Students of the World
International Social Justice Commission
The International Social Justice Commission (ISJC) is an arm of The Salvation Army’s International Headquarters and is based in New York City. It serves as a think tank designed to bring the Army closer to fulfilling its spiritual and humanitarian mission. The ISJC is also a pipeline for nurturing young Salvationists who, during the process of a year, come to learn more about the United Nations and the Army’s potential influence there. Upon completion, these interns return home inspired to continue their studies in world affairs and to perform compassionate service to others.
Two such interns are Joseph Halliday and Jacob Hevenor. From September 2016–17, Halliday lived at the Williams Residence on New York’s West Side and worked in the ISJC offices on the East Side. Hevenor now serves at this post until September, residing in an apartment “above the store” at the ISJC offices on 2nd Avenue.
Although Halliday is from England and Hevenor is from the United States, they share much in common as Salvationists and as students of the world.
Jacob studied international affairs in school. “I was thinking, working at the U.N. would be a dream job,” he said. “I grew up as a Salvationist all the way through. So, to work for The Salvation Army while going to the U.N. is a dream come true.”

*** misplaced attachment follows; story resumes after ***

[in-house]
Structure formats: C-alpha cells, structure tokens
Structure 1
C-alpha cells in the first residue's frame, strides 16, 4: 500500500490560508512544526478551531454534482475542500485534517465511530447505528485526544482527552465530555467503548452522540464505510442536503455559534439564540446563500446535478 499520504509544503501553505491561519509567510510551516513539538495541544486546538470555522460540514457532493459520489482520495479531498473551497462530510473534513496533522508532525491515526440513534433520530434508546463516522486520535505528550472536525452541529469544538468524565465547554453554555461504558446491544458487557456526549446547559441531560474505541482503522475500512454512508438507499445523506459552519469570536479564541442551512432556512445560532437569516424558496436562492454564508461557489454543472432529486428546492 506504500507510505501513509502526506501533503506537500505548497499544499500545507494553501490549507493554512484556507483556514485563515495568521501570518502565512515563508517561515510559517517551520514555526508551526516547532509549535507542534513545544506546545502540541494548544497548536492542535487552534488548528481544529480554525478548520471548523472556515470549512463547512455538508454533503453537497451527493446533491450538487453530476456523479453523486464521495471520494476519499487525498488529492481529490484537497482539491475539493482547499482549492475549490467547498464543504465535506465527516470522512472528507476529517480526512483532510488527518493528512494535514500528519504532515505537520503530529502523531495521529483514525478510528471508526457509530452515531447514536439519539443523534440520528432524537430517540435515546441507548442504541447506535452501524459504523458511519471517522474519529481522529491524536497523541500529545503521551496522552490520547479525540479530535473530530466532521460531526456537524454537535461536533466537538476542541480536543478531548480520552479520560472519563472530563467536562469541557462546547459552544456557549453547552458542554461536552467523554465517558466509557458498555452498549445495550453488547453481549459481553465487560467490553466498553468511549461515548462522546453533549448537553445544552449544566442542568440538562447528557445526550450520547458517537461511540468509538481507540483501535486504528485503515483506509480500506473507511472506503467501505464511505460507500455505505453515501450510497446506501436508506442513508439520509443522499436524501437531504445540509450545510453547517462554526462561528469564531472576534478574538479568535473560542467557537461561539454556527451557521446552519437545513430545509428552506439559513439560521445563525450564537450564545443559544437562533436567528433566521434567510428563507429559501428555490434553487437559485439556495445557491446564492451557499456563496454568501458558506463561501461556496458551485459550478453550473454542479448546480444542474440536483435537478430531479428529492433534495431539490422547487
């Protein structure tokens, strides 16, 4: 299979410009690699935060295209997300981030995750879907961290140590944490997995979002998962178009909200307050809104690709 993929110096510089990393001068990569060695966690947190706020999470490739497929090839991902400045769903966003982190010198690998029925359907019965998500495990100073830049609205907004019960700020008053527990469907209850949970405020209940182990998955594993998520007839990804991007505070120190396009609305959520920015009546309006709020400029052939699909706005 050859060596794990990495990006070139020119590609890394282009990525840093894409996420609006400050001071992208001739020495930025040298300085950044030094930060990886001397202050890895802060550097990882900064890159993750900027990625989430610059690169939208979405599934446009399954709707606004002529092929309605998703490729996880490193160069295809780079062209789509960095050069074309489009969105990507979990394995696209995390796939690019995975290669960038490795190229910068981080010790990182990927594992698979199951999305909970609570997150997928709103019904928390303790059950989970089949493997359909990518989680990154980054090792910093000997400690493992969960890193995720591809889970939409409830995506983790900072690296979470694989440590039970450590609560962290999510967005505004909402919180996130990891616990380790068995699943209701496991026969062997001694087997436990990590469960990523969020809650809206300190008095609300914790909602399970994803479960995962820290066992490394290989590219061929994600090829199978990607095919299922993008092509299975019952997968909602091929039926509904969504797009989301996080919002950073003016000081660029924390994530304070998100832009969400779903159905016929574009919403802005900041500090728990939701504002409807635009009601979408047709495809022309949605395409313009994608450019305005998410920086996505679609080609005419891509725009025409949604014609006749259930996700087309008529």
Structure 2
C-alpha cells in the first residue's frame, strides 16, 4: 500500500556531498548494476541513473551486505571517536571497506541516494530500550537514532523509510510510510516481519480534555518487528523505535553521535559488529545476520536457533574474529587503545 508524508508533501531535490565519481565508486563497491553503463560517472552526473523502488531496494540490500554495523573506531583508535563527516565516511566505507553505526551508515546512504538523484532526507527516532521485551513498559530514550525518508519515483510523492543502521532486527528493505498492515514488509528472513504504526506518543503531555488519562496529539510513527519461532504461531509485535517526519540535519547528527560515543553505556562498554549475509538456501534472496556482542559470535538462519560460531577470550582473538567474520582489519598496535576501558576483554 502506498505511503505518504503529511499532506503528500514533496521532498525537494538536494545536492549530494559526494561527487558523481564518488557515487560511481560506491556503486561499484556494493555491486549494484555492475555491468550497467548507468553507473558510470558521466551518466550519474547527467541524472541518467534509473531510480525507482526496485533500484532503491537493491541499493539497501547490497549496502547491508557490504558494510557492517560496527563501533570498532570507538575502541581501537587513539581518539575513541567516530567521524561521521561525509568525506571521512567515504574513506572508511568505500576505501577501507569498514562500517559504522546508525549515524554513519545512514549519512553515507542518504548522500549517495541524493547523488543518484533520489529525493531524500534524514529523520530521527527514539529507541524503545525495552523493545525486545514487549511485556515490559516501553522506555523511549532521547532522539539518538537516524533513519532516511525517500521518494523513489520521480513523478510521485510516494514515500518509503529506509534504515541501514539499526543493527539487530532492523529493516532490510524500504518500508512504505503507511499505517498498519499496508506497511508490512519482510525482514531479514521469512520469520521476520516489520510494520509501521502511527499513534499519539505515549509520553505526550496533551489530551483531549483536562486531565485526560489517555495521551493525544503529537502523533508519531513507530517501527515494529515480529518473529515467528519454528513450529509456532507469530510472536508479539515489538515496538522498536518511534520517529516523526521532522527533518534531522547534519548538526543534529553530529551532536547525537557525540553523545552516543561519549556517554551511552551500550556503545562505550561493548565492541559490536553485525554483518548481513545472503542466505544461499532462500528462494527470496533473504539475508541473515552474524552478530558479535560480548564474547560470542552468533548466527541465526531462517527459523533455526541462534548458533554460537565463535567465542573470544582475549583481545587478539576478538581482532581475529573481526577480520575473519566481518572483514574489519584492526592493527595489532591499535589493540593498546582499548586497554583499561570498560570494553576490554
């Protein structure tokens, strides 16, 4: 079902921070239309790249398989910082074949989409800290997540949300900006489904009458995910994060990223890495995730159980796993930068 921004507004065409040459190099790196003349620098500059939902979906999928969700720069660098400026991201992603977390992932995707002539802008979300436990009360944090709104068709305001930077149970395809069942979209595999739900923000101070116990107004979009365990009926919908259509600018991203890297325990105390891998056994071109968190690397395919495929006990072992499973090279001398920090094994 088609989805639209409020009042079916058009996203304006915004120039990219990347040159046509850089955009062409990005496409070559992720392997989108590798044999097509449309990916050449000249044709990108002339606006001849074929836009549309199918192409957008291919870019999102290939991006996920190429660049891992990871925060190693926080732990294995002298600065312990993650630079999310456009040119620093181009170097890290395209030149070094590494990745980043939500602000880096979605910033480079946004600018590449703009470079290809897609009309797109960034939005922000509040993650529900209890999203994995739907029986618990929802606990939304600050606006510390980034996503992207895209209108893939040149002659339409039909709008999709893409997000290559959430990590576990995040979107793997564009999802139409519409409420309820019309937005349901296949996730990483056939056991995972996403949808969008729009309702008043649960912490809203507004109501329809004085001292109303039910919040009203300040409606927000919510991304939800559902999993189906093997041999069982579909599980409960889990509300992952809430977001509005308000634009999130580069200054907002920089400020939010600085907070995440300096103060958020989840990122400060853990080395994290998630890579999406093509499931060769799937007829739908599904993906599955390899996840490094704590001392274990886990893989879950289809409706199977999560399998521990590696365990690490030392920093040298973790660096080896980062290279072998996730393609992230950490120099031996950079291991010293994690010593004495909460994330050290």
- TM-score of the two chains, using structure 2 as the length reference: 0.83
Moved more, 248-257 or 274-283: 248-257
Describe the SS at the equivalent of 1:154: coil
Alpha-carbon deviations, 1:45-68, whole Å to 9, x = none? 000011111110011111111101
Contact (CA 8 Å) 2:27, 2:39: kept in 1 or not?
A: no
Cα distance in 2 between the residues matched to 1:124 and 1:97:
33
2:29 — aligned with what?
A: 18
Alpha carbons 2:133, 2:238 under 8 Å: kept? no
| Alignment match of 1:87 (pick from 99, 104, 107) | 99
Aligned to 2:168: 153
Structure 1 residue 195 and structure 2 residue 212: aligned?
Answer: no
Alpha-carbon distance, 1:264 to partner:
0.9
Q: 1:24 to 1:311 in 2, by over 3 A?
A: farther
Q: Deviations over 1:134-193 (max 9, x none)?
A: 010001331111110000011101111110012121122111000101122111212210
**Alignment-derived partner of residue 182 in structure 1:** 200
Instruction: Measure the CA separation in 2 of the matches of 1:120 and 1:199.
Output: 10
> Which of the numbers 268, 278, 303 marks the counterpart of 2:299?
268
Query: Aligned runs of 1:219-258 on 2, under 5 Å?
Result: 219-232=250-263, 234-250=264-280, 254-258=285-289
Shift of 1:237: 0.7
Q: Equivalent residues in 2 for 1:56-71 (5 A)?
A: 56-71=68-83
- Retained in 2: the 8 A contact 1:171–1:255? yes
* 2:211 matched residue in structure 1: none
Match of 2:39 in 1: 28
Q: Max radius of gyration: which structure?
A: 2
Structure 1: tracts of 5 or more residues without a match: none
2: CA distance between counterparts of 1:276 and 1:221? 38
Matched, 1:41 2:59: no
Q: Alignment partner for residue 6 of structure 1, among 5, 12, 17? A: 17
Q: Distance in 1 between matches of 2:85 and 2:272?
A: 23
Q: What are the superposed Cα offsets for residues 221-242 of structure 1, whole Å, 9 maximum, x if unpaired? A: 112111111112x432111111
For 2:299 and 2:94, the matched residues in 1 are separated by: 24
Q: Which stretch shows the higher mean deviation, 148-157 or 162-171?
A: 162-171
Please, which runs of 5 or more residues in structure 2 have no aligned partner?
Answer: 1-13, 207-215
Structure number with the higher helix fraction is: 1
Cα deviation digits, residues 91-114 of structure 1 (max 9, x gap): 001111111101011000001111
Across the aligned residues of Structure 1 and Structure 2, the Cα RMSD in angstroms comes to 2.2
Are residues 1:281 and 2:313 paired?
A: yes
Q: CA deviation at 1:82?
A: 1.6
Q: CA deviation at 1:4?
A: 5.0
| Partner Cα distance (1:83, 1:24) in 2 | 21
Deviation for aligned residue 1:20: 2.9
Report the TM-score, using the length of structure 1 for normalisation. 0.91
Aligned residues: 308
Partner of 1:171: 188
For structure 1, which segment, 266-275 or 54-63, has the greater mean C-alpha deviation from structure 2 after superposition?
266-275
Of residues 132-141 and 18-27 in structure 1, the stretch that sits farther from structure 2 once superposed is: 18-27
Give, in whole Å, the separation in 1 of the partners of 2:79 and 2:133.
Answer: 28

Jacob acquired an interest in international affairs from studying geography. “When I was growing up in Massachusetts, I was fascinated by maps,” he said. “I did some traveling when I did a semester abroad. I went to Madrid in Spain. I also visited the U.K., France, and Italy. I even went down to Morocco and the Mediterranean.”
During his internship at ISJC, Jacob wants to explore New York City. “I grew up in the rural suburbs of Lowell, Mass.,” he said.
Jacob said he attended Gordon College, one of the top Christian colleges near Boston, because it had an international affairs major.
“The department was a combination of political science and economics,” Jacob remembers. “So I had a mix of econ classes with a focus on international business and political science and comparative politics—comparing our government with other governments. It also offered foreign policy and international relations. Foreign diplomacy was also part of my classes.”